American adults got 11 percent of their daily calories from fast food in 2010, down from about 13 percent four years earlier, a new study shows. Public education may have played a role, but so have pocketbook issues.
American adults are consuming about 11 percent of their daily calories from fast food in 2010, down from almost 13 percent in 2006, according to a new report from the Centers for Disease Control and Prevention (CDC). While overall caloric intake has not changed for American adults, the drop in fast food consumption has coincided with a leveling of obesity rates among adults.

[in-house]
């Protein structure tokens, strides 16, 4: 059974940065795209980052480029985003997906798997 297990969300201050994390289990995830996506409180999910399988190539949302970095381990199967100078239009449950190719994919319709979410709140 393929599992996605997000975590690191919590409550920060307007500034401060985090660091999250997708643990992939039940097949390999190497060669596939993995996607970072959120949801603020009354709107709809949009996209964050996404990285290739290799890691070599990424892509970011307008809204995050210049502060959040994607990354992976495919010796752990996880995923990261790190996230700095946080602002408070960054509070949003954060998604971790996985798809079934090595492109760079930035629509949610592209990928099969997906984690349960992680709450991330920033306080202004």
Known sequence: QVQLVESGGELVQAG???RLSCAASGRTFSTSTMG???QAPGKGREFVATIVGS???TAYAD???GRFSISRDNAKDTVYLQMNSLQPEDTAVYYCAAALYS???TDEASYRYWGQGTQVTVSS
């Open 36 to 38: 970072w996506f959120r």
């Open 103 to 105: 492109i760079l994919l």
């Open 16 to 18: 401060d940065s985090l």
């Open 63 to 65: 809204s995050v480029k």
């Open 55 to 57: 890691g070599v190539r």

“The drop is significant, statistically,” says one of the study’s lead authors, Cheryl Fryar, a health statistician with the National Center for Health Statistics, part of the CDC. “Historically a lot of fast food has been high in fat, high in sodium … and frequent fast food consumption is linked to weight gain.”
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